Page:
Imagine a divorcing mother so desperate to control her own case that her conduct in the courthouse hallway results in her loss of custody of her children. Imagine a husband losing his most valuable asset in the divorce because he was so desperate to “win” his case that he lies to the judge and is caught. These stories are true and are examples of how clients – not their lawyer, not the judge, not the system, and not their spouse – are sometimes their own worst enemy.
Family law clients are often so desperate to prove they are right and their spouse wrong, that their emotions take control in the litigation thereby marginalizing their lawyer’s efforts to protect them. There are many ways clients knowingly or unknowingly sabotage their own case often leaving their lawyer unable to pick up the shattered pieces. This may sound absurd, or a remote possibility, but trust me, it is not. Below are five ways I have seen clients sabotage their own cases:
- Lying in Court. Lying in court is perjury and is a crime. If a lawyer knows his or her client is going to lie while testifying under oath, or discovers they are lying while the testimony is transpiring, the lawyer must take steps to be relieved as that party’s lawyer because it is also a crime for a lawyer to knowingly promote the perjury of his or her client. By lying in court, not only does one risk criminal charges – if the lie is exposed, that client’s credibility is likely destroyed for the remainder of the case. This will make “winning” on any issue incredibly difficult because the judge simply will not believe anything else said by that client.
- Making a “Scene” in The Courthouse Hallway. Clients fail to appreciate that if they create a loud enough, and/or big enough “scene” in the hallway, outside the courtroom, that the court staff will report the behavior to the judge. The courtroom staff are the “eyes and ears” of the judge. I have seen the judge use the information learned from the bailiff, who witnessed the “scene” in the hallway, as a basis to remove custody from a parent because of the lack of judgment that parent showed in the hallway, while her child was present.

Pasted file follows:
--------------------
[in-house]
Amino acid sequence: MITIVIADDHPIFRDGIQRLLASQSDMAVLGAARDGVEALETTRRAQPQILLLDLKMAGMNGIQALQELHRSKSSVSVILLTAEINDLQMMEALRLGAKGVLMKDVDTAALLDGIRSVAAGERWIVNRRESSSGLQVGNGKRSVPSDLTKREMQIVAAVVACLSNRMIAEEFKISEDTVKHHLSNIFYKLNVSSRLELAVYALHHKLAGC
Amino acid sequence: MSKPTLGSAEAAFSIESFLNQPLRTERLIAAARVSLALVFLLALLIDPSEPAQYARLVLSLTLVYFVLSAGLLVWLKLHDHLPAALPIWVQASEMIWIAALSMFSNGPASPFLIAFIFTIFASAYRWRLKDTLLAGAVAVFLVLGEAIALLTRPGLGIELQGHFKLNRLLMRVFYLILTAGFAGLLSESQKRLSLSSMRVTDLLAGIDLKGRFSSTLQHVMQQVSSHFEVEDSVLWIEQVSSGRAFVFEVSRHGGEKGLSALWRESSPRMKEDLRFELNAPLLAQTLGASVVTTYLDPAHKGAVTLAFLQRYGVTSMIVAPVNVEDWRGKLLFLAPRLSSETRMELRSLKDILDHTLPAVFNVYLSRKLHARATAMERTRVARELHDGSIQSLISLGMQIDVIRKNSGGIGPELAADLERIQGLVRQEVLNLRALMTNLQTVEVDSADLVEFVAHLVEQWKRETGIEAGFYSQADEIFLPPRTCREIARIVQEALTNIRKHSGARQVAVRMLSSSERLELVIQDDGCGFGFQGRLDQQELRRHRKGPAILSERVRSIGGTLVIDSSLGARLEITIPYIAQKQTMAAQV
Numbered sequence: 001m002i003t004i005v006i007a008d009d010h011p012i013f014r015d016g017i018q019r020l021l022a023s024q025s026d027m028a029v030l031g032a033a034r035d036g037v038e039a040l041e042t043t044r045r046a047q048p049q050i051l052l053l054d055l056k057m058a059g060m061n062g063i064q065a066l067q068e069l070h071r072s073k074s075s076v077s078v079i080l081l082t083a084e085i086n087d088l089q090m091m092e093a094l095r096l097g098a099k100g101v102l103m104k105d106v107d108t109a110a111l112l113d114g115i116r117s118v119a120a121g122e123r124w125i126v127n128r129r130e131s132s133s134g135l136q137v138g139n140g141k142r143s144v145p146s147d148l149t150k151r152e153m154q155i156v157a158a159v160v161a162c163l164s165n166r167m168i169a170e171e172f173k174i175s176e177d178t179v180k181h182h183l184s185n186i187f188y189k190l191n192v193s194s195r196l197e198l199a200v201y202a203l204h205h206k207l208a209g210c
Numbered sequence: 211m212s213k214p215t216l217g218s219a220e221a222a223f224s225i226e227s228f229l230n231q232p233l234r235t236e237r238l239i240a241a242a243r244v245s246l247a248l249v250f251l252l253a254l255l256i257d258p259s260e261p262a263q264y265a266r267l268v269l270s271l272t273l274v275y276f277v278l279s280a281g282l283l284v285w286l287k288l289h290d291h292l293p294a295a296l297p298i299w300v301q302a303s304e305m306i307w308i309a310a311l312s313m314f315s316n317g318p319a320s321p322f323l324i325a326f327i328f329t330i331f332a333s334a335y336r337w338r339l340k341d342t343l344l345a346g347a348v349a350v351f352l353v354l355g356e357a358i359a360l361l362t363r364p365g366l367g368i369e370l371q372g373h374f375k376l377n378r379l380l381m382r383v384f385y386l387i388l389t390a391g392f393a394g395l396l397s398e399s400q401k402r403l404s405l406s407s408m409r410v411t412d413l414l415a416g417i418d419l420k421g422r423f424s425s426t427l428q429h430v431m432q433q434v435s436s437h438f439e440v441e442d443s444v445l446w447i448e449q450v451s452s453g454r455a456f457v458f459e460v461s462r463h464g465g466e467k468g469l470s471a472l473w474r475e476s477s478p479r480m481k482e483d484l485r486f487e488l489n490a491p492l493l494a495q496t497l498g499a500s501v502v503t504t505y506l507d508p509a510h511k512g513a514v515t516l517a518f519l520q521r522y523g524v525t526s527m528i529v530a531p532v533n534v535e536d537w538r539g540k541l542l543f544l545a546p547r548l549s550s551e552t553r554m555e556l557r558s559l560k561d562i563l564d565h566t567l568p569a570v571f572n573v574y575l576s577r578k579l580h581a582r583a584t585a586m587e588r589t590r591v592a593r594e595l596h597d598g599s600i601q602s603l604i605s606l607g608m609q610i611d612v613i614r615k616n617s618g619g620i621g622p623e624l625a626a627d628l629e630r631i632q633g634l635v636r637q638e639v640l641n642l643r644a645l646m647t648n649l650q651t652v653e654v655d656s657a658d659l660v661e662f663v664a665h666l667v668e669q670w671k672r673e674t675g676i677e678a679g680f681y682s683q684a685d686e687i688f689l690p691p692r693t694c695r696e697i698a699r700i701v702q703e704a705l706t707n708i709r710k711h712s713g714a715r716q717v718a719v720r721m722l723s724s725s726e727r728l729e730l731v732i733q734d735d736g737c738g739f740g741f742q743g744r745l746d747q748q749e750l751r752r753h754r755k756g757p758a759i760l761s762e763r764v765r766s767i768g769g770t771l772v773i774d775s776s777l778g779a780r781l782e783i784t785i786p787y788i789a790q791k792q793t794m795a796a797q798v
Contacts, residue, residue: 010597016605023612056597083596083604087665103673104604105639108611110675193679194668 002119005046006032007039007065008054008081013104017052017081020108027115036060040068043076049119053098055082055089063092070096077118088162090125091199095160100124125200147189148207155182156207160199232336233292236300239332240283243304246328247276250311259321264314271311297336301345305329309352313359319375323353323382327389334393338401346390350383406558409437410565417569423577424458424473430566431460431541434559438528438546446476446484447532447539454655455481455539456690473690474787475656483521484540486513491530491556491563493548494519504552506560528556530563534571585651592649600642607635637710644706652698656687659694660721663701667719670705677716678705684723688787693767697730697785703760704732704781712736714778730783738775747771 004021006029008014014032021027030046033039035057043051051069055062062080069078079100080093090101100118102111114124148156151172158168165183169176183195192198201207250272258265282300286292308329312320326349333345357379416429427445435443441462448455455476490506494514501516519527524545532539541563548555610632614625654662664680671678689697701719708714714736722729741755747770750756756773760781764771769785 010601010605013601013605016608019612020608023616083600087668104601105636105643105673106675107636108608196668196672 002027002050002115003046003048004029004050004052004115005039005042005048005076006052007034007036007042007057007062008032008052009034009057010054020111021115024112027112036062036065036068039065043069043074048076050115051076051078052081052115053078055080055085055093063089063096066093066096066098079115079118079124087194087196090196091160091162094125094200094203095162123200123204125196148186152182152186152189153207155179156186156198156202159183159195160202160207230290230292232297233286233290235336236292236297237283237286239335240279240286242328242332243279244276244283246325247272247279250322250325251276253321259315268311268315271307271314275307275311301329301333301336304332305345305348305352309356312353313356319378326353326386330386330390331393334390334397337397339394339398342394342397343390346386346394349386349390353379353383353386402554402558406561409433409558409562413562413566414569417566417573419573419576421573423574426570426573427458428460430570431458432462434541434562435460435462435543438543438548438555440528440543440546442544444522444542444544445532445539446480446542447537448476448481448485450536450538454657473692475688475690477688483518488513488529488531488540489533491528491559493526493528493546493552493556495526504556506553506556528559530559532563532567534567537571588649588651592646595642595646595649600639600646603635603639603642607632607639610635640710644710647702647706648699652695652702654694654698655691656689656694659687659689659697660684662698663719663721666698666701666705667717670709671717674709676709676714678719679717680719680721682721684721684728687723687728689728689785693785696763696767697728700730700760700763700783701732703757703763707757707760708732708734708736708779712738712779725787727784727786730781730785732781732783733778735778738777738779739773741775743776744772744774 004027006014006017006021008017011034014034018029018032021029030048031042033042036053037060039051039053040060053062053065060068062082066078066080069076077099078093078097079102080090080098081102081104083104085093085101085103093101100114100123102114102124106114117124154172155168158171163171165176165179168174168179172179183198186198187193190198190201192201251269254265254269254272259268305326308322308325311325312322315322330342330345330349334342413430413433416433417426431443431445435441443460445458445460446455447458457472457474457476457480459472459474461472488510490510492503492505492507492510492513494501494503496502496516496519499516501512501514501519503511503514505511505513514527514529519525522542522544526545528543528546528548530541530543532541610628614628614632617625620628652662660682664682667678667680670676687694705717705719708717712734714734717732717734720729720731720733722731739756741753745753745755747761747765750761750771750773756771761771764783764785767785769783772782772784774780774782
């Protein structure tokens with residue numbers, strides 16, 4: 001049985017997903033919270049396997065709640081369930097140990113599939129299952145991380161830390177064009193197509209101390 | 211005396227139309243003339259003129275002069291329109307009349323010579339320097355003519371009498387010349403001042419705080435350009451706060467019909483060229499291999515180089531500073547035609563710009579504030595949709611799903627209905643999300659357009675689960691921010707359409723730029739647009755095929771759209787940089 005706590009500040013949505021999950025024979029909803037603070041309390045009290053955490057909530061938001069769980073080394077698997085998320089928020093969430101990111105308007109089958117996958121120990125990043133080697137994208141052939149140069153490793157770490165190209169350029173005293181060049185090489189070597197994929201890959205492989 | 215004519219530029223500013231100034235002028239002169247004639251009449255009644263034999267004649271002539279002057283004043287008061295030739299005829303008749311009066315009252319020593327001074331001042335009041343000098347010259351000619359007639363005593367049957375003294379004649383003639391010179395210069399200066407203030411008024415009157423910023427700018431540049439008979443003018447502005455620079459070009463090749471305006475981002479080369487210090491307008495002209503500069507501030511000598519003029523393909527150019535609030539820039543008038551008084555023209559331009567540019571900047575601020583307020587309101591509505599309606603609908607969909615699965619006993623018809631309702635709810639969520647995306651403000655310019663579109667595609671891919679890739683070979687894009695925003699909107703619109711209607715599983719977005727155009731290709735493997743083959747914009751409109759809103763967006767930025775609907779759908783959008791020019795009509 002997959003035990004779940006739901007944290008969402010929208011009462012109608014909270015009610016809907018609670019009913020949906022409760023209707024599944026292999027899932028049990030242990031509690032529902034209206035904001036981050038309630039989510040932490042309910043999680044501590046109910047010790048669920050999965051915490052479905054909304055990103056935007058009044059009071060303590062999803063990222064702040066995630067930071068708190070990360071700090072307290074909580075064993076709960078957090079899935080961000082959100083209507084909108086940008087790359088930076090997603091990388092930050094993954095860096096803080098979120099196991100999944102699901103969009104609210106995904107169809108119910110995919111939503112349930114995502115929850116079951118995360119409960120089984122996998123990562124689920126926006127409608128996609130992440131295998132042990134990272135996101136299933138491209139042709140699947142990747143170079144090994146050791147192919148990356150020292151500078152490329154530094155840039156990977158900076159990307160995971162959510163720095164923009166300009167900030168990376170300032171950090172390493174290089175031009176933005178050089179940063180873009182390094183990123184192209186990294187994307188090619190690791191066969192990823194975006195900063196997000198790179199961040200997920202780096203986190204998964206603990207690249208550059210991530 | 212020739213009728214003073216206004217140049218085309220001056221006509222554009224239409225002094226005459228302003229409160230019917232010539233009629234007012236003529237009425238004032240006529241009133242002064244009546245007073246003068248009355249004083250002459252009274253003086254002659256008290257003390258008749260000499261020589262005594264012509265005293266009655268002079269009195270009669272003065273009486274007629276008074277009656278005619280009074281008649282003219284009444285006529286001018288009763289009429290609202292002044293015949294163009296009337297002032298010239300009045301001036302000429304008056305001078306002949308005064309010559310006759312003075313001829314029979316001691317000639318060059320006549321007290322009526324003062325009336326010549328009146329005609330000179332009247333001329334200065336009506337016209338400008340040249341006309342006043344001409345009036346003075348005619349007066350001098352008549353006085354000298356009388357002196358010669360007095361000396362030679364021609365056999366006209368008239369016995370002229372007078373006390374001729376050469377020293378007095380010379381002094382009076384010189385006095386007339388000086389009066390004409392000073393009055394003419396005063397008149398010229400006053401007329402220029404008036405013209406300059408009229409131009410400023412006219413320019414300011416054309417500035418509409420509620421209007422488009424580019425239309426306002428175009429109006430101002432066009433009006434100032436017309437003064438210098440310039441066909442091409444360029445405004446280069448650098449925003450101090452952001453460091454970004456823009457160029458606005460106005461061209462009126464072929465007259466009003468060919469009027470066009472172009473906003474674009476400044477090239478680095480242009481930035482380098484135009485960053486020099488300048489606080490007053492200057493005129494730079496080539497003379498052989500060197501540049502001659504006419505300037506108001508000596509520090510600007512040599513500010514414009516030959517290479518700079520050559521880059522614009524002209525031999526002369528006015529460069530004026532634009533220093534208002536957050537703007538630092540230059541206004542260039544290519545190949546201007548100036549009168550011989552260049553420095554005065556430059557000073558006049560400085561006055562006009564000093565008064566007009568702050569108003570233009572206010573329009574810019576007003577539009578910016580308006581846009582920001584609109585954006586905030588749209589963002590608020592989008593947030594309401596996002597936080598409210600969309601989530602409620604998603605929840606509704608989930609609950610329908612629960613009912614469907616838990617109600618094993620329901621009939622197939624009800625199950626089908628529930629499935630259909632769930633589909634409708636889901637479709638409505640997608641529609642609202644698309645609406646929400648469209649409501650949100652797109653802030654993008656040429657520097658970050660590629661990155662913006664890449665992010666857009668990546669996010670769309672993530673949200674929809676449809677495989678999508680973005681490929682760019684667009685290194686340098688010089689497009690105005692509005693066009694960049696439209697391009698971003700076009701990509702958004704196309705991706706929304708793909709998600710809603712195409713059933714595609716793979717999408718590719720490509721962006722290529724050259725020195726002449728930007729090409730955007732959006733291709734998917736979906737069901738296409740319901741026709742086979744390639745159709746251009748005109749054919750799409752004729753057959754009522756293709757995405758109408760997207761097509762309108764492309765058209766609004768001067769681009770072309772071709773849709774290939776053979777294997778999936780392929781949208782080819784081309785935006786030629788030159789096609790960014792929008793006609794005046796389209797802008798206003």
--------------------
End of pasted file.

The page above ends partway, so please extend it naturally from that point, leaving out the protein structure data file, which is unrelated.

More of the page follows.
- Failing to Tell Your Attorney The Whole Story. Different than a lie, this is just where a client keeps important facts or details from his or her attorney. What inevitably happens is that the omitted information comes to light at a time, such as in the middle of trial, that catches the lawyer off guard, unprepared and often unable to skillfully protect the client from the damaging story the client kept secret. It is critical that clients tell their lawyer the “whole story,” even if it is embarrassing, so the lawyer is prepared to manage the negative aspects of the story at time of trial.
- Refusing to Follow Your Attorney’s Advice. Clients often think they know best. They claim to know best because it’s “their child,” or it’s “their business.” While a client may generally know best about their child or their business, when it comes to litigation and the courtroom the lawyer actually knows better. Lawyers who are seasoned veterans at practicing family law have a strong understanding of how a situation will be viewed by the judge. The wisest course of action is to listen to the attorney and follow his or her advice, which may differ from how the client would have handled the situation without knowledge of the courts. In litigation, the lawyer inevitably knows best.
- Arguing With the Judge. Time and time again I have seen clients, who have lawyers standing next to them in the courtroom before the judge, “go rogue.” The client has not been asked a question but instead starts arguing with the judge. Lawyers know how, and maybe more importantly, when to argue with judges. Any arguing should be left to the lawyer. I have rarely, if ever, seen the rogue client improve a situation; rather, they usually sink the boat which was already leaking before they decided to act like their own lawyer.
Many people who have experienced family law litigation will tell stories about how their lawyer, the judge, the system, or their spouse is to blame for a bad result in their case. Sometimes those other people are responsible; but often, it is the client him or herself who is to blame. Such clients often never admit, or recognize, that they, themselves, sank their case. The best advice I can give a client is to be honest, open and to trust your lawyer to guide you through a process which the lawyer understands far better than you.